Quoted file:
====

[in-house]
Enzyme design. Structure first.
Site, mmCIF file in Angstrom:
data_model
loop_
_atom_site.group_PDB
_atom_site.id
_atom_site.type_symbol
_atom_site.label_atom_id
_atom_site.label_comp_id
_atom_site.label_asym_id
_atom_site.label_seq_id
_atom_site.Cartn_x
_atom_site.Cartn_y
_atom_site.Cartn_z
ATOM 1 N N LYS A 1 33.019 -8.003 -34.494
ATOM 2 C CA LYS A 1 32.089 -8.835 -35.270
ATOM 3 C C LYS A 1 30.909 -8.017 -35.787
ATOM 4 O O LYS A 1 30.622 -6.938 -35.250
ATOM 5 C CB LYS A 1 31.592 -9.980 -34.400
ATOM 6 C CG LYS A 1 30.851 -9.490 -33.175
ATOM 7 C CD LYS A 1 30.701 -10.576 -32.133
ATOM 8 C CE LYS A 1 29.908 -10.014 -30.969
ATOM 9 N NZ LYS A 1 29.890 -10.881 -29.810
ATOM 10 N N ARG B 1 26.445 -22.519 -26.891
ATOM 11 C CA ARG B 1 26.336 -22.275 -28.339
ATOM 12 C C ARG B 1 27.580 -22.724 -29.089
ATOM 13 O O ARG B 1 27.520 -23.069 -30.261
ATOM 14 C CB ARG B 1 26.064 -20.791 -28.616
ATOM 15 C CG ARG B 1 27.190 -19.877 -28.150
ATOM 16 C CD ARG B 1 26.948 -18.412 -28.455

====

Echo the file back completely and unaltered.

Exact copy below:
[in-house]
Enzyme design. Structure first.
Site, mmCIF file in Angstrom:
data_model
loop_
_atom_site.group_PDB
_atom_site.id
_atom_site.type_symbol
_atom_site.label_atom_id
_atom_site.label_comp_id
_atom_site.label_asym_id
_atom_site.label_seq_id
_atom_site.Cartn_x
_atom_site.Cartn_y
_atom_site.Cartn_z
ATOM 1 N N LYS A 1 33.019 -8.003 -34.494
ATOM 2 C CA LYS A 1 32.089 -8.835 -35.270
ATOM 3 C C LYS A 1 30.909 -8.017 -35.787
ATOM 4 O O LYS A 1 30.622 -6.938 -35.250
ATOM 5 C CB LYS A 1 31.592 -9.980 -34.400
ATOM 6 C CG LYS A 1 30.851 -9.490 -33.175
ATOM 7 C CD LYS A 1 30.701 -10.576 -32.133
ATOM 8 C CE LYS A 1 29.908 -10.014 -30.969
ATOM 9 N NZ LYS A 1 29.890 -10.881 -29.810
ATOM 10 N N ARG B 1 26.445 -22.519 -26.891
ATOM 11 C CA ARG B 1 26.336 -22.275 -28.339
ATOM 12 C C ARG B 1 27.580 -22.724 -29.089
ATOM 13 O O ARG B 1 27.520 -23.069 -30.261
ATOM 14 C CB ARG B 1 26.064 -20.791 -28.616
ATOM 15 C CG ARG B 1 27.190 -19.877 -28.150
ATOM 16 C CD ARG B 1 26.948 -18.412 -28.455